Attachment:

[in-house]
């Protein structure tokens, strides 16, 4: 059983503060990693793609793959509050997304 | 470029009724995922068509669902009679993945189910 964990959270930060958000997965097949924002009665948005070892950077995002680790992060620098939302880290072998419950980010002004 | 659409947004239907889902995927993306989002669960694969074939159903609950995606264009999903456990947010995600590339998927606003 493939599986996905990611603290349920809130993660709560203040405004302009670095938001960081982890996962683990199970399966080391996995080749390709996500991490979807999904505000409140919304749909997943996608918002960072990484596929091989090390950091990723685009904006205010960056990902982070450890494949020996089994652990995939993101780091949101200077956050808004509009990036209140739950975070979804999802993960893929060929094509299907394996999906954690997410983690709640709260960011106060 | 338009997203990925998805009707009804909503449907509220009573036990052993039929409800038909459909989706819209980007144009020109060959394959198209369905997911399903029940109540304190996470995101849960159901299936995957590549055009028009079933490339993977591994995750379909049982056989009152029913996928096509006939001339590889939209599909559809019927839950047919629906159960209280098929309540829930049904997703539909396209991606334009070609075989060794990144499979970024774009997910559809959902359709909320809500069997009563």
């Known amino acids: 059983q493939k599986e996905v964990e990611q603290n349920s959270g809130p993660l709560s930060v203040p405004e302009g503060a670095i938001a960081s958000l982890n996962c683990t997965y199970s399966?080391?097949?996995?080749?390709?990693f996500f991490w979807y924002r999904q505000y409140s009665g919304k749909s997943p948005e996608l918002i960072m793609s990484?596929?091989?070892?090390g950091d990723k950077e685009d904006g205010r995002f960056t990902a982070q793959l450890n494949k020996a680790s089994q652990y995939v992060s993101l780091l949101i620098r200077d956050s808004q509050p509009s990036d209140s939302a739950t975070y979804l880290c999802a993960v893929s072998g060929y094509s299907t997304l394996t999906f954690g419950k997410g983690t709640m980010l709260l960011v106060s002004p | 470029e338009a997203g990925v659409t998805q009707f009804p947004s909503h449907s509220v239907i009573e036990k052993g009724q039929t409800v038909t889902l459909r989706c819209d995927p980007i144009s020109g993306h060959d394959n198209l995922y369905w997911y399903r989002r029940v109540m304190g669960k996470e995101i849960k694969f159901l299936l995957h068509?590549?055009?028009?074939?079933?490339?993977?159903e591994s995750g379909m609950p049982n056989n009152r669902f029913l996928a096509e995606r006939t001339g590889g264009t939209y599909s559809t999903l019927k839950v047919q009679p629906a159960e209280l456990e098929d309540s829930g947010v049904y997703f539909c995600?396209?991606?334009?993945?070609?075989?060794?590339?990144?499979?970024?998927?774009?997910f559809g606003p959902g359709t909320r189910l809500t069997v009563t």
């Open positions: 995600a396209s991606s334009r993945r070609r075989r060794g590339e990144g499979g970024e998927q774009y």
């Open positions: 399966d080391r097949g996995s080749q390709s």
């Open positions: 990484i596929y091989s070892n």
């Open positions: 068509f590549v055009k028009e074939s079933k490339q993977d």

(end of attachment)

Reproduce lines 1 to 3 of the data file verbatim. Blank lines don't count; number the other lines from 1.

[in-house]
């Protein structure tokens, strides 16, 4: 059983503060990693793609793959509050997304 | 470029009724995922068509669902009679993945189910 964990959270930060958000997965097949924002009665948005070892950077995002680790992060620098939302880290072998419950980010002004 | 659409947004239907889902995927993306989002669960694969074939159903609950995606264009999903456990947010995600590339998927606003 493939599986996905990611603290349920809130993660709560203040405004302009670095938001960081982890996962683990199970399966080391996995080749390709996500991490979807999904505000409140919304749909997943996608918002960072990484596929091989090390950091990723685009904006205010960056990902982070450890494949020996089994652990995939993101780091949101200077956050808004509009990036209140739950975070979804999802993960893929060929094509299907394996999906954690997410983690709640709260960011106060 | 338009997203990925998805009707009804909503449907509220009573036990052993039929409800038909459909989706819209980007144009020109060959394959198209369905997911399903029940109540304190996470995101849960159901299936995957590549055009028009079933490339993977591994995750379909049982056989009152029913996928096509006939001339590889939209599909559809019927839950047919629906159960209280098929309540829930049904997703539909396209991606334009070609075989060794990144499979970024774009997910559809959902359709909320809500069997009563």
């Known amino acids: 059983q493939k599986e996905v964990e990611q603290n349920s959270g809130p993660l709560s930060v203040p405004e302009g503060a670095i938001a960081s958000l982890n996962c683990t997965y199970s399966?080391?097949?996995?080749?390709?990693f996500f991490w979807y924002r999904q505000y409140s009665g919304k749909s997943p948005e996608l918002i960072m793609s990484?596929?091989?070892?090390g950091d990723k950077e685009d904006g205010r995002f960056t990902a982070q793959l450890n494949k020996a680790s089994q652990y995939v992060s993101l780091l949101i620098r200077d956050s808004q509050p509009s990036d209140s939302a739950t975070y979804l880290c999802a993960v893929s072998g060929y094509s299907t997304l394996t999906f954690g419950k997410g983690t709640m980010l709260l960011v106060s002004p | 470029e338009a997203g990925v659409t998805q009707f009804p947004s909503h449907s509220v239907i009573e036990k052993g009724q039929t409800v038909t889902l459909r989706c819209d995927p980007i144009s020109g993306h060959d394959n198209l995922y369905w997911y399903r989002r029940v109540m304190g669960k996470e995101i849960k694969f159901l299936l995957h068509?590549?055009?028009?074939?079933?490339?993977?159903e591994s995750g379909m609950p049982n056989n009152r669902f029913l996928a096509e995606r006939t001339g590889g264009t939209y599909s559809t999903l019927k839950v047919q009679p629906a159960e209280l456990e098929d309540s829930g947010v049904y997703f539909c995600?396209?991606?334009?993945?070609?075989?060794?590339?990144?499979?970024?998927?774009?997910f559809g606003p959902g359709t909320r189910l809500t069997v009563t």